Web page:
Ballet dancers have a deep and rich history of dancewear, mainly known for their iconic formfitting clothes that reveal their sleek silhouettes while providing optimal movement on the dancefloor. The perfect amalgamation of simplistic leotards, chiffon wrap skirts, pale pink stockings, and tutus or tulles are all functional yet classics representations of ballet history. But why do ballet dancers wear leg warmers?
Ballet dancers wear leg warmers to prevent injuries, tone their legs, and keep their muscles warm between rehearsals or class. Leg warmers offer light compression and warmth that promotes blood flow and keeps the muscles warm, decreasing cramping and sustaining severe injuries.
Putting all funky 90s fashion statements aside, leg warmers are a functional must-have for ballet dancers. So, continue reading to gain clarity as to why these knit, wooly warmers are a vital accessory to a ballerina’s work outfit.
Why Do Ballet Dancers Wear Leg Warmers?
Leg warmers are a cost-effective investment that all ballerinas should make. As the name implies, leg warmers mostly keep the bottom half of the leg’s muscles warm. However, they also keep the legs toned and reduce the risk of cramping or serious injuries without inhibiting the dancer’s range of movement.
A ballet dancer’s legs are the center of everything they do. Therefore, most of the weight goes directly onto the legs and calves.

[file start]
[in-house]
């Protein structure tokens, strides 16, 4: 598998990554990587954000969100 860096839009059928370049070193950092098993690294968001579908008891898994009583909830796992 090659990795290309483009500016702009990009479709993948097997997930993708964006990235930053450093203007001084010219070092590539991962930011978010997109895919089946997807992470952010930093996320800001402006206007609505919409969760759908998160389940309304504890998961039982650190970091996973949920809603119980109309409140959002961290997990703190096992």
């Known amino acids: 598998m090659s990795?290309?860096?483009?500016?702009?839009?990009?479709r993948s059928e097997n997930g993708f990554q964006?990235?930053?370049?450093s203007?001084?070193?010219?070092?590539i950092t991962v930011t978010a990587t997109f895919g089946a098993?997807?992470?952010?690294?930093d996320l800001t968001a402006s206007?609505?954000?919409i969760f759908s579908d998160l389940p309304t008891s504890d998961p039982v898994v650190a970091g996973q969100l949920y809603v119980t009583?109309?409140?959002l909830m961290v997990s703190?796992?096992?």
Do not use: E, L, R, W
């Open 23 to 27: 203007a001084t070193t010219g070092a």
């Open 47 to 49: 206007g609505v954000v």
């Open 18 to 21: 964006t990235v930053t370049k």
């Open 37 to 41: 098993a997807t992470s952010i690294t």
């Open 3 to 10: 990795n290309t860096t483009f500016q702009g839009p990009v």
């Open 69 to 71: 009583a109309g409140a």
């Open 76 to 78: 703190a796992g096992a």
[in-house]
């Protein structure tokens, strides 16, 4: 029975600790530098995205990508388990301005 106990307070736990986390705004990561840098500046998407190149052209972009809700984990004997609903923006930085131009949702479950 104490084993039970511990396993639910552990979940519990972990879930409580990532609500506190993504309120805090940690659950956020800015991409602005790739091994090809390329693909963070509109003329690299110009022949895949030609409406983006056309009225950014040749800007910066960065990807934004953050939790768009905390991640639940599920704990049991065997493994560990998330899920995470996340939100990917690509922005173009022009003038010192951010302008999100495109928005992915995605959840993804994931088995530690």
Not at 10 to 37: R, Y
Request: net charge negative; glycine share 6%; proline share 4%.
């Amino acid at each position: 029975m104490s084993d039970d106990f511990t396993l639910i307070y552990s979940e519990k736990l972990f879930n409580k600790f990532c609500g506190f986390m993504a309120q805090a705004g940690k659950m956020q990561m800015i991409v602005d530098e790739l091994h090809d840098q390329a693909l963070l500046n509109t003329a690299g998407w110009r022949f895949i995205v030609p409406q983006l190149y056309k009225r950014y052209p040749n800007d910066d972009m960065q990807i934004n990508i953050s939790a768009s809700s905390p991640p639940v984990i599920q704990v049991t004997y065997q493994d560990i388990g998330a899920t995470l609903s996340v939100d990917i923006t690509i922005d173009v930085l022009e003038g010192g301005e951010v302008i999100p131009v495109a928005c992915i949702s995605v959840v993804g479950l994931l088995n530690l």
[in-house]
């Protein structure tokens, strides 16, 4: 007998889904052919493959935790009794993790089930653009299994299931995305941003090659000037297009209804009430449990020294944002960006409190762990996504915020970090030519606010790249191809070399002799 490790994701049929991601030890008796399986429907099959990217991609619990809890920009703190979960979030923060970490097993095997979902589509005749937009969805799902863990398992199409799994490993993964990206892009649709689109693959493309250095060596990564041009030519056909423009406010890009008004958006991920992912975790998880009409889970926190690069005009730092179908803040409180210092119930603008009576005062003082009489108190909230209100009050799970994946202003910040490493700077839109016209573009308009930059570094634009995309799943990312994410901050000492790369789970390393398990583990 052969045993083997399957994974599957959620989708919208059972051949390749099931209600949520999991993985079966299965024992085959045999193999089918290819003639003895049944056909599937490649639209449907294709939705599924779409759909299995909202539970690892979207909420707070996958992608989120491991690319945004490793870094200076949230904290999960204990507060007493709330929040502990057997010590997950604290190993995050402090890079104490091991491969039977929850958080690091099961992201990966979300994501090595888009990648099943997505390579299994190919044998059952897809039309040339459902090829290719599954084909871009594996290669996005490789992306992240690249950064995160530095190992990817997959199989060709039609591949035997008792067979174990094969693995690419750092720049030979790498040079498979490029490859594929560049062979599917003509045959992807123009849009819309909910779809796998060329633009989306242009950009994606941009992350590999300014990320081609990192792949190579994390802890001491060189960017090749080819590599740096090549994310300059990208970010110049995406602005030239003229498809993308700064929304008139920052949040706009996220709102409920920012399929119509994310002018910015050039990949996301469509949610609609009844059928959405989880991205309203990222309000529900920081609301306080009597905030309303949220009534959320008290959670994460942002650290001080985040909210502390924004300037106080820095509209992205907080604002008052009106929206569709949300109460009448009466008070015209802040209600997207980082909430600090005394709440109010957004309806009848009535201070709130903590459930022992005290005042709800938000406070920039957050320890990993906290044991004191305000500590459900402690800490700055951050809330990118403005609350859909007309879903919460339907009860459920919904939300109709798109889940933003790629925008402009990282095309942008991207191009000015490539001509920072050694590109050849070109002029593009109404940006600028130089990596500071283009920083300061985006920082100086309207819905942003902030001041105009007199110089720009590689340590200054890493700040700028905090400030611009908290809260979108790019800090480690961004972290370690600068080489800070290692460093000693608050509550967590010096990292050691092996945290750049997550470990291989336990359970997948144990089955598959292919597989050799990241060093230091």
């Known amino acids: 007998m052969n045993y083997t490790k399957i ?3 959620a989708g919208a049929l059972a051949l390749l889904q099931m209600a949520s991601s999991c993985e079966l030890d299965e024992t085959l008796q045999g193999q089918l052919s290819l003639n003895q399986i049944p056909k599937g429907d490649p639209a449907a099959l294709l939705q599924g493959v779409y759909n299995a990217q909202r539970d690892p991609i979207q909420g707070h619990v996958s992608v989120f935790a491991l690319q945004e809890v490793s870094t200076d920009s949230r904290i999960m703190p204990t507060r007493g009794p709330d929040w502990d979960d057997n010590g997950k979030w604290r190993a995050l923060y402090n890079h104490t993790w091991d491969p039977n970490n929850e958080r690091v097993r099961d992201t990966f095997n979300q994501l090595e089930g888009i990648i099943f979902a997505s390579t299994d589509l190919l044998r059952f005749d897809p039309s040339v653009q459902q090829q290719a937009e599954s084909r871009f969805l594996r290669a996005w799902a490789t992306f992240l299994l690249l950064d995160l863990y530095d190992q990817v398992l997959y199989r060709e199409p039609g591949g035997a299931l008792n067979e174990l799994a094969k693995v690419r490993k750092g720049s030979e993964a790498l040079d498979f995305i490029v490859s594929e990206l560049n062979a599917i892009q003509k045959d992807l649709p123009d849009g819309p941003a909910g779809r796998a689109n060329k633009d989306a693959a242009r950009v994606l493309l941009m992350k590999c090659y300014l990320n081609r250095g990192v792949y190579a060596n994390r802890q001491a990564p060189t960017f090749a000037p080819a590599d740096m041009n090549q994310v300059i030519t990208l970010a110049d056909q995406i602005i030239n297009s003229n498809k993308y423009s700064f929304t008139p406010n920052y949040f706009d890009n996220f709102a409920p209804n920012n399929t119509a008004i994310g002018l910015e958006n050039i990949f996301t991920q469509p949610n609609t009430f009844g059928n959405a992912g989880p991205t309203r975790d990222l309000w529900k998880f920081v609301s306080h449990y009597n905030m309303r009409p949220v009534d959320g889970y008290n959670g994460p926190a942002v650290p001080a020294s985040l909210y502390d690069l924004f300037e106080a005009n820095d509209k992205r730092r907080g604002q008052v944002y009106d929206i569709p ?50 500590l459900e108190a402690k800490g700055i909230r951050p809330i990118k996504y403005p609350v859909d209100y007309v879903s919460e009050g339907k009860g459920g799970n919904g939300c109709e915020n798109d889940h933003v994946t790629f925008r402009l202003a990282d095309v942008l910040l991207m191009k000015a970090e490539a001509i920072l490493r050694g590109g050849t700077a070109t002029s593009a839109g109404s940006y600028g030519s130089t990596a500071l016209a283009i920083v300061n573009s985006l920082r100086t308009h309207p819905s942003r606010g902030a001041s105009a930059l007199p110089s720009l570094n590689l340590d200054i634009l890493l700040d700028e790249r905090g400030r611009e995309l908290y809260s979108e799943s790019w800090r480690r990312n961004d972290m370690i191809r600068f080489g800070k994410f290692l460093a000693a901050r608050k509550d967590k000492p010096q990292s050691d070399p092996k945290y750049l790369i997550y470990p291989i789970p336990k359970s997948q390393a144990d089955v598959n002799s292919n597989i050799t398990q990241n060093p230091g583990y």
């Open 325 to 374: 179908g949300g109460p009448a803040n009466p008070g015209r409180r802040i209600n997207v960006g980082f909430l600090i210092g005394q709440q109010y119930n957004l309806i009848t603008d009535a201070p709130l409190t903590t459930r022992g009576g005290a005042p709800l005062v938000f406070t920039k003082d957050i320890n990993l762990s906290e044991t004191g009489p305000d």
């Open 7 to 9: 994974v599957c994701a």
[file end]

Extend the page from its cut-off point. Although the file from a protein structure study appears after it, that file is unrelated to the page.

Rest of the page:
When the dancers bend into different dance moves or stand on tippy toes, their body weight comes crashing down on their legs – the only difference is that weight distributes differently.
The calf contains two essential muscles – the gastrocnemius and soleus, which are vital to support the entire body.
The gastrocnemius is the most significant calf muscle that you’ll notice bulging beneath your skin when you flex your calves. But then, the soleus is a minor muscle that rests directly underneath the gastrocnemius, helping to connect the larger calf muscles to the bone without being disruptive.
Most leg injuries are attributed to extreme tension or force in the leg, meaning a lack of blood flow, oxygen delivery, and excess lactic acid surrounding the muscle.
One adverse leg injury where one of these two muscles tear can spell the end of a career as it can take months to get back on your feet! So, self-care and prevention are an absolute must for any ballet dancer, irrespective of how simplistic wearing woolly leg warmers may sound.
Ballet dancers wear leg warmers for the following reasons:
- To prevent injuries: Leg warmers help keep your muscles warm, protecting them from the cold.
- To warm up before class: Leg warmers speed up, warming your body before class.
- To tone their legs: Leg warmers help tone your legs.
- To stay warmed up: Leg warmers keep your muscles warm between classes and rehearsals.
- For optimal flexibility: Leg warmers help achieve peak flexibility faster and maintain flexibility.
How Do Leg Warmers Help Prevent Injuries?
The secret to leg warmers is warmth!
During practice, you’ll notice that ballet dancers wear leg warmers that go from their ankles to their knees or sometimes halfway up their thighs.
A dancer often has multiple dance classes per day, and the start and stop between these sessions is a leading culprit in everyday dancers’ injuries.